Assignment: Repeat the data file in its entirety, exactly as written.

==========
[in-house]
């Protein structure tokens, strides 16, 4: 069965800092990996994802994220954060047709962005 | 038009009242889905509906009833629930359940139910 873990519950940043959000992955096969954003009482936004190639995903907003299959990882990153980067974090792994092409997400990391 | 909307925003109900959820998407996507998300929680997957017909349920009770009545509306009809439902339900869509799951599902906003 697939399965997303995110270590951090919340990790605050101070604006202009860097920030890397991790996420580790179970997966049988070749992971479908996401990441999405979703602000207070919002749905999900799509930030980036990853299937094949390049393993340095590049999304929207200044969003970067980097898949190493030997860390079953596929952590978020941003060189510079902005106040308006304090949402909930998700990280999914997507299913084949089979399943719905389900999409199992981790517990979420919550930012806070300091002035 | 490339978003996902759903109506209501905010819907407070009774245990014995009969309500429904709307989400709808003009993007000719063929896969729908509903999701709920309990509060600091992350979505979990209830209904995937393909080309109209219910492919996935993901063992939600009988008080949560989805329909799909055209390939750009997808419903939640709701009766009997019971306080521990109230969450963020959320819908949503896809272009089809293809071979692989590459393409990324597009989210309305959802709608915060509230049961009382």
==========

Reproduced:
[in-house]
């Protein structure tokens, strides 16, 4: 069965800092990996994802994220954060047709962005 | 038009009242889905509906009833629930359940139910 873990519950940043959000992955096969954003009482936004190639995903907003299959990882990153980067974090792994092409997400990391 | 909307925003109900959820998407996507998300929680997957017909349920009770009545509306009809439902339900869509799951599902906003 697939399965997303995110270590951090919340990790605050101070604006202009860097920030890397991790996420580790179970997966049988070749992971479908996401990441999405979703602000207070919002749905999900799509930030980036990853299937094949390049393993340095590049999304929207200044969003970067980097898949190493030997860390079953596929952590978020941003060189510079902005106040308006304090949402909930998700990280999914997507299913084949089979399943719905389900999409199992981790517990979420919550930012806070300091002035 | 490339978003996902759903109506209501905010819907407070009774245990014995009969309500429904709307989400709808003009993007000719063929896969729908509903999701709920309990509060600091992350979505979990209830209904995937393909080309109209219910492919996935993901063992939600009988008080949560989805329909799909055209390939750009997808419903939640709701009766009997019971306080521990109230969450963020959320819908949503896809272009089809293809071979692989590459393409990324597009989210309305959802709608915060509230049961009382």